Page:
... prophetic personage so long and vainly looked for, and that his visage was the perfect and undeniable similitude of the Great Stone Face. People were the more ready to believe that this must needs be the fact, when they beheld the splendid edifice that rose, as if by enchantment, on the site of his father's old weather-beaten farmhouse. The exterior was of marble, so dazzingly white that it seemed as though the whole structure might melt away in the sunshine, like those humbler ones which Mr. Gathergold, in his young play-days, before his fingers were gifted with ...
— Bible Stories and Religious Classics • Philip P. Wells

... furiously with cold steel upon the militiamen and put them to flight. By sundown the Uhlans were galloping, unopposed, along the broad sweep of the Eastern Parkway and parallel streets towards Prospect Park, where the high land offered an admirable site for the German artillery, since it commanded Fort Hamilton from the rear and the entire spread of Brooklyn ...
— The Conquest of America - A Romance of Disaster and Victory • Cleveland Moffett

... and more extensive than the library at Pergamon—need not, from my point of view, detain us for more than a moment, for we are told very little about their position, and nothing about their arrangement. The site of the earliest, the foundation of which is ascribed to Ptolemy the Second (B.C. 285-247), must undoubtedly be sought for within the circuit of the royal palace, which was in the fashionable quarter of the city called ...
— The Care of Books • John Willis Clark

... folly of paying 300l. for a single bulb, the minor folly of extravagance in preparing the soil may be readily pardoned. Happily that phase of the business has passed away, and handsome Tulips are now grown without such a prodigal expenditure of money and labour. The site for this flower should be sunny, the soil fairly rich, and the drainage good. With these conditions insured, and roots which are sound and dense, it is easy to obtain a ...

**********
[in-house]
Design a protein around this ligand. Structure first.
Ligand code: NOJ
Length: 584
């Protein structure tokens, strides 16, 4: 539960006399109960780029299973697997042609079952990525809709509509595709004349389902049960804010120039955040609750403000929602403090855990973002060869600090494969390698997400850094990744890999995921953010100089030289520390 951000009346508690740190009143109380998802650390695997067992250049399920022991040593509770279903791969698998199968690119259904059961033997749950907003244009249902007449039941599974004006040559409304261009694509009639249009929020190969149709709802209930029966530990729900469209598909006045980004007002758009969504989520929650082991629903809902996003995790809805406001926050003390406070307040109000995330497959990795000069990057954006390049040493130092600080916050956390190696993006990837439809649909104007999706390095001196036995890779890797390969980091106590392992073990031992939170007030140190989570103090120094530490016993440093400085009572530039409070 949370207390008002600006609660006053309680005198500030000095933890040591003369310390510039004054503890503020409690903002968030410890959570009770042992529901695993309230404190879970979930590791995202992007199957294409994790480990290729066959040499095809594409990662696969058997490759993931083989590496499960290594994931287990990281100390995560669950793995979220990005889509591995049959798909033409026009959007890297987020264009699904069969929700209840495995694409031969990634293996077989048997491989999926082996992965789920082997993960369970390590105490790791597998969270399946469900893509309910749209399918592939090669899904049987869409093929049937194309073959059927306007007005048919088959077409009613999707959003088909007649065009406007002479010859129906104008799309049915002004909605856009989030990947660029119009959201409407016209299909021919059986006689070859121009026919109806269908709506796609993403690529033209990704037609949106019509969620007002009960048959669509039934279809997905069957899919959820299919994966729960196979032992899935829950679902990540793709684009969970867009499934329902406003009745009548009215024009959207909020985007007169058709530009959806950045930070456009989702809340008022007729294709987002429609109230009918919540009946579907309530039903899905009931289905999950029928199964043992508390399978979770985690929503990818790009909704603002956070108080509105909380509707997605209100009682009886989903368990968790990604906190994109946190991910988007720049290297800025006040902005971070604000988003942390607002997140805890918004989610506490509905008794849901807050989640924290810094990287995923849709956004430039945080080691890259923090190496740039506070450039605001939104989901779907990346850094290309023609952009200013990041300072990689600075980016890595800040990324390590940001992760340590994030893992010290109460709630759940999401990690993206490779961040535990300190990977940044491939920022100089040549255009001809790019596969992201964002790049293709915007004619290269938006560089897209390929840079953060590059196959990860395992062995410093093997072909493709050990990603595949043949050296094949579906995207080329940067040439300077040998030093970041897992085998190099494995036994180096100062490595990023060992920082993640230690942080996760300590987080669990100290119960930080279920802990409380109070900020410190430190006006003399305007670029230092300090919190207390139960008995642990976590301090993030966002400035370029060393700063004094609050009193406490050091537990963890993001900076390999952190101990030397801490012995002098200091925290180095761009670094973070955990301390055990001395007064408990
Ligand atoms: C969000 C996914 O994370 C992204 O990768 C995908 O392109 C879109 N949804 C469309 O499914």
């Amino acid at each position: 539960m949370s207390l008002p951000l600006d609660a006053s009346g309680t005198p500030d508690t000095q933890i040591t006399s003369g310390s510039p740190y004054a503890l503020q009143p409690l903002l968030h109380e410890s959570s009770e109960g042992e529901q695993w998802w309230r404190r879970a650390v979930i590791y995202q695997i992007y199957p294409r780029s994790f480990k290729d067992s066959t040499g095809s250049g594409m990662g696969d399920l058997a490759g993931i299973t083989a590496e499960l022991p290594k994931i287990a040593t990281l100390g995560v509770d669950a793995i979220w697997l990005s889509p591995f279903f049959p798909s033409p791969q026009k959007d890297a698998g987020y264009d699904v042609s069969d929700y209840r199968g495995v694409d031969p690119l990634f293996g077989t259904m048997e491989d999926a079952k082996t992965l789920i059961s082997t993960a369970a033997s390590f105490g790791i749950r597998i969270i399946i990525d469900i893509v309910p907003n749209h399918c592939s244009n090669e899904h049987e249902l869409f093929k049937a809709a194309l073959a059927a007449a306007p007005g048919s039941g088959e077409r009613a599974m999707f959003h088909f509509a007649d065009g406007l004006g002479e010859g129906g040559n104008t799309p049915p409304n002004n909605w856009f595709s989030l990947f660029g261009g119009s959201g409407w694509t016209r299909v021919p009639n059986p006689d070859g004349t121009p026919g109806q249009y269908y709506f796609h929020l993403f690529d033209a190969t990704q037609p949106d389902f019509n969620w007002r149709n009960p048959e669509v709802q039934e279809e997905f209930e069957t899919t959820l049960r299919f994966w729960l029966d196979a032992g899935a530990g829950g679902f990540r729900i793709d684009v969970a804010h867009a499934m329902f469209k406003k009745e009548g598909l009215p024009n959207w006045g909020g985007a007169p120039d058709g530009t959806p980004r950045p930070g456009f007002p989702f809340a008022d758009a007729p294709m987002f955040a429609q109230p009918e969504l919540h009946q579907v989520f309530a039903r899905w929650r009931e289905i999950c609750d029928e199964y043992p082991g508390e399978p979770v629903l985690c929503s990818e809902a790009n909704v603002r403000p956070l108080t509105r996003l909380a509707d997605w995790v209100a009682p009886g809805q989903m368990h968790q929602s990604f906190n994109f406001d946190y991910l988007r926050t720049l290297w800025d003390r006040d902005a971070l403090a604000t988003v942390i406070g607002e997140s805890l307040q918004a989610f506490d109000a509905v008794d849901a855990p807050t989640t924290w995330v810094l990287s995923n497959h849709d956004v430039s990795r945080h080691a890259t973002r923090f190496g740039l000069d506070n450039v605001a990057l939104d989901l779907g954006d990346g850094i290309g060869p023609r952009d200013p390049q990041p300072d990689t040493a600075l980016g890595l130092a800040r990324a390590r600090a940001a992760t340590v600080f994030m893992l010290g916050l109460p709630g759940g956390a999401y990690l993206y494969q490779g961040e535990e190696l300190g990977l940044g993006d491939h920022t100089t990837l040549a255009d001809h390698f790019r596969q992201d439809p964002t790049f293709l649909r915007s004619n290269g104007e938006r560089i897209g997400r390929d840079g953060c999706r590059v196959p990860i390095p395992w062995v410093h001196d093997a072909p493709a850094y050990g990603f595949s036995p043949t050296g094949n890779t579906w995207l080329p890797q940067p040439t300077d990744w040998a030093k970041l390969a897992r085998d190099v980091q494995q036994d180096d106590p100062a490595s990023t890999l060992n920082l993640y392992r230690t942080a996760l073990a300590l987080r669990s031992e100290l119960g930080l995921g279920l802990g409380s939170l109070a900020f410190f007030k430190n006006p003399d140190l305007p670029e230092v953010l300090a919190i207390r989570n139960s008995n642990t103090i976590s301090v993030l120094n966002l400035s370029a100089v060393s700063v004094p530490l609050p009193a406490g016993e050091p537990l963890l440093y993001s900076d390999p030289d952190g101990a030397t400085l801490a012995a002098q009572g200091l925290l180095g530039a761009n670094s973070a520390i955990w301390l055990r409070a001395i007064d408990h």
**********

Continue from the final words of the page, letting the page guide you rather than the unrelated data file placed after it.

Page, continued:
— The Culture of Vegetables and Flowers From Seeds and Roots, 16th Edition • Sutton and Sons

... Hyde-park-corner, the appellation of Whittington's College, or, more briefly, the Whit. It may here be mentioned that this gate, destined to bequeath its name—a name, which has since acquired a terrible significance,—to every successive structure erected upon its site, was granted, in 1400, by charter by Henry the Sixth to the citizens of London, in return for their royal services, and thenceforth became the common jail to that city and the county of Middlesex. Nothing material ...
— Jack Sheppard - A Romance • William Harrison Ainsworth

... some one bought that house long ago and fixed it up?" Enid remarked. "There is no building site around here to compare with it. It looks like the place where the leading citizen of ...
— One of Ours • Willa Cather

... build a large house in a quiet part of the country, not too far from a great centre. There I could be in touch with the world, and yet would have quiet and leisure to mature the schemes which were in my head. As it chanced, I chose Tamfield as my site. All that remains now is to carry out the plans which I have made, and to endeavour to lighten the earth of some of the misery and injustice which weigh it down. I again ask you, Laura, will you throw in your ...
— The Doings Of Raffles Haw • Arthur Conan Doyle

... site of the roadside hut there remained nothing but an enormous heap of embers, throwing afar a darkening red glow, in which Antonia's face appeared deeply flushed with excitement. Charles Gould, with only a short hesitation, pronounced the required pledge. He was like a man who had ventured on a precipitous ...
— Nostromo: A Tale of the Seaboard • Joseph Conrad

... and in the midst of these built himself a sumptuous palace, where the Church of Santa Maria Maggiore now stands, from which he commanded a superb view of the country looking towards Tivoli. To this palace, salubrious from its spacious size and the elevation of its site, Augustus, when ill, had himself carried from his own modest mansion; and from its lofty belvedere tower Nero is said to have enjoyed the spectacle of Rome in flames beneath him. Voluptuary and dilettante as Maecenas was, he was nevertheless, like most men of a sombre and melancholy temperament, ...
— Horace • Theodore Martin

... planter has chosen a suitable site, an exercise requiring skill, the forest has to be cleared. The felling of great trees and the clearing of the wild tangle of undergrowth is arduous work. It is well to leave the trees on the ridges for about sixty feet ...
— Cocoa and Chocolate - Their History from Plantation to Consumer • Arthur W. Knapp